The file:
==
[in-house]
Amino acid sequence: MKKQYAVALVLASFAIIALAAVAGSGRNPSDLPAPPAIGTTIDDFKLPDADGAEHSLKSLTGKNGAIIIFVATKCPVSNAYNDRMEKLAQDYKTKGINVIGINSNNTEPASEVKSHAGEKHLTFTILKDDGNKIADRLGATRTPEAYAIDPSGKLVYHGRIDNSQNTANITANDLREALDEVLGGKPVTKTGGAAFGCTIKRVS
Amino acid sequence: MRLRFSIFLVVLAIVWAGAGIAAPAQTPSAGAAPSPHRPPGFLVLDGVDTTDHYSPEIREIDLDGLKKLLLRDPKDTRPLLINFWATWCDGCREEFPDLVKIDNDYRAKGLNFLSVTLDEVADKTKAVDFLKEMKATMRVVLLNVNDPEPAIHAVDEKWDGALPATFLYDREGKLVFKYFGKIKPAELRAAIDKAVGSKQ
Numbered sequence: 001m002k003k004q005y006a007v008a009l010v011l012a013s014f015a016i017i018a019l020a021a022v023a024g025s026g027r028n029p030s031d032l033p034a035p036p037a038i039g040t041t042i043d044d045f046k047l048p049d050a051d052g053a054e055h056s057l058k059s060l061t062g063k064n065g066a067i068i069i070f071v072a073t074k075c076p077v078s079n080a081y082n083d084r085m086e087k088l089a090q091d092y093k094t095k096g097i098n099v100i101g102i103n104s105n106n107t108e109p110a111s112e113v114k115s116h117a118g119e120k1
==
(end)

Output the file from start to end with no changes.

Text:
[in-house]
Amino acid sequence: MKKQYAVALVLASFAIIALAAVAGSGRNPSDLPAPPAIGTTIDDFKLPDADGAEHSLKSLTGKNGAIIIFVATKCPVSNAYNDRMEKLAQDYKTKGINVIGINSNNTEPASEVKSHAGEKHLTFTILKDDGNKIADRLGATRTPEAYAIDPSGKLVYHGRIDNSQNTANITANDLREALDEVLGGKPVTKTGGAAFGCTIKRVS
Amino acid sequence: MRLRFSIFLVVLAIVWAGAGIAAPAQTPSAGAAPSPHRPPGFLVLDGVDTTDHYSPEIREIDLDGLKKLLLRDPKDTRPLLINFWATWCDGCREEFPDLVKIDNDYRAKGLNFLSVTLDEVADKTKAVDFLKEMKATMRVVLLNVNDPEPAIHAVDEKWDGALPATFLYDREGKLVFKYFGKIKPAELRAAIDKAVGSKQ
Numbered sequence: 001m002k003k004q005y006a007v008a009l010v011l012a013s014f015a016i017i018a019l020a021a022v023a024g025s026g027r028n029p030s031d032l033p034a035p036p037a038i039g040t041t042i043d044d045f046k047l048p049d050a051d052g053a054e055h056s057l058k059s060l061t062g063k064n065g066a067i068i069i070f071v072a073t074k075c076p077v078s079n080a081y082n083d084r085m086e087k088l089a090q091d092y093k094t095k096g097i098n099v100i101g102i103n104s105n106n107t108e109p110a111s112e113v114k115s116h117a118g119e120k1